That's some serious cake (unless, of course, you compare him to Federer).
Unfortunately for Nadal, a knee injury and fatigue forced the Mallorcan star from competing at the exclusive Tennis Masters Cup in Shanghai and the Davis Cup final between his victorious Spanish teammates and host Argentina in Mar del Plata.
Roger Federer won his 13th major title by capturing the U.S. Open for a fifth straight year.
Let's move on to Federer, who sat atop the rankings for a record 237 consecutive weeks before falling behind Rafa.
FYI, Pete Sampras holds the record for weeks at No. 1, with 286. He just didn't do it in consecutive fashion.
As far as Roger is concerned, he had what you would have to consider another great season, it just wasn't great for him if you compare it to his previous campaigns.
Roger settled for just one Grand Slam title, which came at the U.S. Open, where he became the first man in the Open Era to capture five straight titles in New York. He currently owns 13 major championships, which leaves him just one shy of Sampras' record haul of 14. Most "experts" assumed that Federer would break or tie Pete's record in 2008, but players like Nadal and Novak Djokovic kept that from happening. Djokovic stunned Federer in straight sets in the semifinals at the Australian Open, and he gave way to Nadal in both the French Open and Wimbledon finals.
Still, the exquisite Swiss has won at least one major title six years running, was the only player to perform in three Grand Slam finals this year, and is the only player in the history of the sport to reach 18 straight major semis.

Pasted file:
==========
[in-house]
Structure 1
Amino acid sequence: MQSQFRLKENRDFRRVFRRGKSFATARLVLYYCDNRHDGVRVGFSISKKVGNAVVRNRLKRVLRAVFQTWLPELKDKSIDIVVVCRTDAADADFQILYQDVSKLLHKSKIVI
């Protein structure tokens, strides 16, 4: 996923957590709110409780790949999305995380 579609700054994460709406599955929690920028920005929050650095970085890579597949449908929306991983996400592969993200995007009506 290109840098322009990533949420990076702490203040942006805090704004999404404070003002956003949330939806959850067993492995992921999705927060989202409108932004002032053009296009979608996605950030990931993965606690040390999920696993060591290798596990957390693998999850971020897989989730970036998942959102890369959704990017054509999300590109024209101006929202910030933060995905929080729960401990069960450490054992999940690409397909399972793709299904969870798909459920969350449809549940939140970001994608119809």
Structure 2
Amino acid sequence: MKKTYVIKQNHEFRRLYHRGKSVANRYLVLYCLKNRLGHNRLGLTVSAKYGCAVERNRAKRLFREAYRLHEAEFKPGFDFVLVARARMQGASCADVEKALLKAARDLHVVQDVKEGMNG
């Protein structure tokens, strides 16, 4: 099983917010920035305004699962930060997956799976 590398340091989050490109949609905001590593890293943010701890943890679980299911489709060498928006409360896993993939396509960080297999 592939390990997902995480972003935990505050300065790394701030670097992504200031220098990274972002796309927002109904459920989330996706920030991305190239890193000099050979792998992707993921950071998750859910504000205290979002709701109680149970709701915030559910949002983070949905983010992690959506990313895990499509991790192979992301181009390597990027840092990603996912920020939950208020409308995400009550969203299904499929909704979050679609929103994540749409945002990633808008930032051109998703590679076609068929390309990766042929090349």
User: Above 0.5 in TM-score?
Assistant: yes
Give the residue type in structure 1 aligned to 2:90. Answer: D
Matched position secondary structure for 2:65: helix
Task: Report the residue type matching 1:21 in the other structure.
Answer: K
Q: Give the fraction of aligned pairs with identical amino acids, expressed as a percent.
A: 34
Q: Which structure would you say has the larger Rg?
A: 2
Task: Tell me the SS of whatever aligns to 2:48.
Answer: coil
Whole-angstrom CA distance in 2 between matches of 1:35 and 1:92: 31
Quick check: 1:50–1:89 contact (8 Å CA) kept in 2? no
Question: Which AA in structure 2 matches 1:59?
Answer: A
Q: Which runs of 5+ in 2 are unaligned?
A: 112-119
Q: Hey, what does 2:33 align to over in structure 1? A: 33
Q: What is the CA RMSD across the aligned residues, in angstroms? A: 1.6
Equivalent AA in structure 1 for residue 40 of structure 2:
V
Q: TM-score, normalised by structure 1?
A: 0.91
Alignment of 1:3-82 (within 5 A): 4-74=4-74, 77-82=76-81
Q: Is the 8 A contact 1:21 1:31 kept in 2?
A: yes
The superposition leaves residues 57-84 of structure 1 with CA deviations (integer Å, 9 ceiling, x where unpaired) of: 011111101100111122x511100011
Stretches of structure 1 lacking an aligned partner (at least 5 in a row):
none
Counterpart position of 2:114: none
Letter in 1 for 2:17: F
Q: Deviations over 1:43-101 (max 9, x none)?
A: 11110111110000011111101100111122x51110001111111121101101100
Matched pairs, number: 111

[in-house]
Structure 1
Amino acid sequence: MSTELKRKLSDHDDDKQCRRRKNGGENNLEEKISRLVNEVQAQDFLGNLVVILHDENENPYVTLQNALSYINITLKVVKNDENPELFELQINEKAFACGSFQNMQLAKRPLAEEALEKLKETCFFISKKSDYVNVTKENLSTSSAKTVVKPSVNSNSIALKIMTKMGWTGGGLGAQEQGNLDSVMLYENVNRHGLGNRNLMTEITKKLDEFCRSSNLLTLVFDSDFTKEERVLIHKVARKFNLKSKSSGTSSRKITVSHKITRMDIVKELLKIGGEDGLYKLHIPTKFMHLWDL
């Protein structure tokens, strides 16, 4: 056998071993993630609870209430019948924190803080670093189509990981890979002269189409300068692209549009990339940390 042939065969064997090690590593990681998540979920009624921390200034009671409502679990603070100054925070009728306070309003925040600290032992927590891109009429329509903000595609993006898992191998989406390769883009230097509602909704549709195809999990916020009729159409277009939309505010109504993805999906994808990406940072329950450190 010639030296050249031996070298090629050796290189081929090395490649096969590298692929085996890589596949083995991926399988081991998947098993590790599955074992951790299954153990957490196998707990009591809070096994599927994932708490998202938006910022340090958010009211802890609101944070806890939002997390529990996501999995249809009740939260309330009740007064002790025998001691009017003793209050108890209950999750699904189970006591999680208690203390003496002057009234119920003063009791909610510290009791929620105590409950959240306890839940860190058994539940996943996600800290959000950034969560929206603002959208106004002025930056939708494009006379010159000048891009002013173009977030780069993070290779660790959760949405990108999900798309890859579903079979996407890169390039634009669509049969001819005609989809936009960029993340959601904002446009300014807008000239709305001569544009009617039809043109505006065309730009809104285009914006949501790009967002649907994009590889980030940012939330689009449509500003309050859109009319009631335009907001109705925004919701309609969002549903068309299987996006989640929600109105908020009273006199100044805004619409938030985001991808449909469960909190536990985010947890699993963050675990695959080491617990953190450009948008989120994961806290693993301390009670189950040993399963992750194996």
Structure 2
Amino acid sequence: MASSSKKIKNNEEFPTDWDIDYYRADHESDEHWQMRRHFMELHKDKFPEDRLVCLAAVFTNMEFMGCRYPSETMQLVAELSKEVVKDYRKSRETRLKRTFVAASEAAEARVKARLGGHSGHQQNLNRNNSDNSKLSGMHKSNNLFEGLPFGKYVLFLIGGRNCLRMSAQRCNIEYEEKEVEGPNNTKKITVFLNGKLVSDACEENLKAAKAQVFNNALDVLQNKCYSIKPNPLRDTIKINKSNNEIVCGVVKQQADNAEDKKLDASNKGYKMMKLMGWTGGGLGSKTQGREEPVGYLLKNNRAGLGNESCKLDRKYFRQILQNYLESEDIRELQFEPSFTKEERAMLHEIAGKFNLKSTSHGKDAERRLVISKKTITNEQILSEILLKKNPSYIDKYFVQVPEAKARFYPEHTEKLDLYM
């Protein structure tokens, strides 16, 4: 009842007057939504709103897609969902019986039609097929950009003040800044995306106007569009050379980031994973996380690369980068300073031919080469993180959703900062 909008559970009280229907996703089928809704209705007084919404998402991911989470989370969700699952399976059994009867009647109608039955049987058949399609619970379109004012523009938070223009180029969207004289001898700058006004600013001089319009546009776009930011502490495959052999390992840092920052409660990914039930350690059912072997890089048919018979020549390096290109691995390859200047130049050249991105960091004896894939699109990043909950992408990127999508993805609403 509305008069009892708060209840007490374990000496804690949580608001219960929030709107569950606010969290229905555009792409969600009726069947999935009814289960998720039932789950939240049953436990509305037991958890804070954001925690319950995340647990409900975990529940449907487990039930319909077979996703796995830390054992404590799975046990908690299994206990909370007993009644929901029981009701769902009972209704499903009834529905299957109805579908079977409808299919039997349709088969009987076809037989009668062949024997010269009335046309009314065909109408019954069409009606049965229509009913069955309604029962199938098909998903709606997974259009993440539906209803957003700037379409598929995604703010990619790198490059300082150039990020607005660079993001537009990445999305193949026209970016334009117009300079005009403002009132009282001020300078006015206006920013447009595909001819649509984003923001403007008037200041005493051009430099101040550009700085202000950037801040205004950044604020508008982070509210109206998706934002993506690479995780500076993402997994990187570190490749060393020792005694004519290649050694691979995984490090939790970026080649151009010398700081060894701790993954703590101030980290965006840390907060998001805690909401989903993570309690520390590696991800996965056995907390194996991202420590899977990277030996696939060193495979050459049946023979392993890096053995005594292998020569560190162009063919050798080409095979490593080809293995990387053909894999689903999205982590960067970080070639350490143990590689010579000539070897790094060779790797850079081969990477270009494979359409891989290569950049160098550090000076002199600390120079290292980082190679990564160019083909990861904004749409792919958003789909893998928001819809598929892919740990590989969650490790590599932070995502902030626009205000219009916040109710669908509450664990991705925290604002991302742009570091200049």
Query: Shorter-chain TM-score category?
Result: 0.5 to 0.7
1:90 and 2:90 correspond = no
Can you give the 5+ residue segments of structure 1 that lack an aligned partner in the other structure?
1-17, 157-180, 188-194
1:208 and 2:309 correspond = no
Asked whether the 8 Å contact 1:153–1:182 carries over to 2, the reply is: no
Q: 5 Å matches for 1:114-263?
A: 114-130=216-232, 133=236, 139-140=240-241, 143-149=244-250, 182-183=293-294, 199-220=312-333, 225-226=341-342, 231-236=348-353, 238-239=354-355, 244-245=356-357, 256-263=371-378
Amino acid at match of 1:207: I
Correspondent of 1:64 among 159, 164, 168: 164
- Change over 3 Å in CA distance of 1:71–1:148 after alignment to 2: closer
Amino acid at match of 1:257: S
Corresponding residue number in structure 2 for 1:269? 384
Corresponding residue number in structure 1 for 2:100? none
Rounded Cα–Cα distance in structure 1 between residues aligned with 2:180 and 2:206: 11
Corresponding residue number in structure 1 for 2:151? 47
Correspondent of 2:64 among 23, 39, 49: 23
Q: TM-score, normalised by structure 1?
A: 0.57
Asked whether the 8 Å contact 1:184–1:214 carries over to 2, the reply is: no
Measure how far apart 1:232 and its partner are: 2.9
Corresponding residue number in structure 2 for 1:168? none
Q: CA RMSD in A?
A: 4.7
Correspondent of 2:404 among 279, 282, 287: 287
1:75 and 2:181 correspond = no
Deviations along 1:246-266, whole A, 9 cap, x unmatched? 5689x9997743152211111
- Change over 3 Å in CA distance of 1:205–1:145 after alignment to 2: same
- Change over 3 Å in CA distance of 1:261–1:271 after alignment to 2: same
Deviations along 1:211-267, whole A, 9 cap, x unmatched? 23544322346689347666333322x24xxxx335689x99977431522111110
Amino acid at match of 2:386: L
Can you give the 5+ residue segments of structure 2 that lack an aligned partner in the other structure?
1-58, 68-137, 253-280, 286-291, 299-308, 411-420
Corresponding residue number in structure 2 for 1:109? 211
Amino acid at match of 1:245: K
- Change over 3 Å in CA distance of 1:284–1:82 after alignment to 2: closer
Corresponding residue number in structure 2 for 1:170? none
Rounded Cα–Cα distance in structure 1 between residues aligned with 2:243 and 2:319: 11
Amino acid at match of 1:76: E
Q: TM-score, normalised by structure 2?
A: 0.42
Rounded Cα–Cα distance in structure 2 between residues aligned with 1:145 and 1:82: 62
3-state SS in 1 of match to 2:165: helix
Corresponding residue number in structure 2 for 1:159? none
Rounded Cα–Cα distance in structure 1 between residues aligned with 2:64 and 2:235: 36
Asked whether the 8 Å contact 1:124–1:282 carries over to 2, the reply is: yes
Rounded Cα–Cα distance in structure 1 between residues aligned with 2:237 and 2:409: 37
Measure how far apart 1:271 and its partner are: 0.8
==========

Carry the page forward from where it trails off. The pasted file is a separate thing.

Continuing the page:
The 27-year-old Federer posted a 66-16 record in 2008, including a mere (for him) four titles on his way to $5.88 million in prize money. The sweet- swingin' Swiss already holds a number of tennis records, but perhaps none is bigger than his career prize money one, as he surpassed Sampras this year to become the sport's all-time money leader.
Federer currently stands at just over $44.59 million.
In addition to his Wimbledon setback, the 57-time ATP titlist Federer also lost his two-year hold on the Masters Cup title, which went to Djokovic, who is only a few points behind the Swiss superstar for the second spot on the ATP rankings list.
Federer, who battled mono in the early part of the year, wound up going 4-4 in his eight finals this season, with all four losses coming against...who else...Rafa.
In the category of consolation prize for Federer, he failed to claim singles gold in Beijing, but he paired with countryman Stanislas Wawrinka to bring home the doubles gold from China. The "big" titles that have eluded Roger's grasp, thus far, are the French Open, Davis Cup and an Olympic singles championship.
Novak Djokovic broke through with his first major title and capped his fine season with a Tennis Masters Cup crown.
The "Big Three" in men's tennis has actually turned into the "Big Four," if you ask me, as Rafa, Roger and Djokovic have been joined in the upper echelon by quality Brit Andy Murray.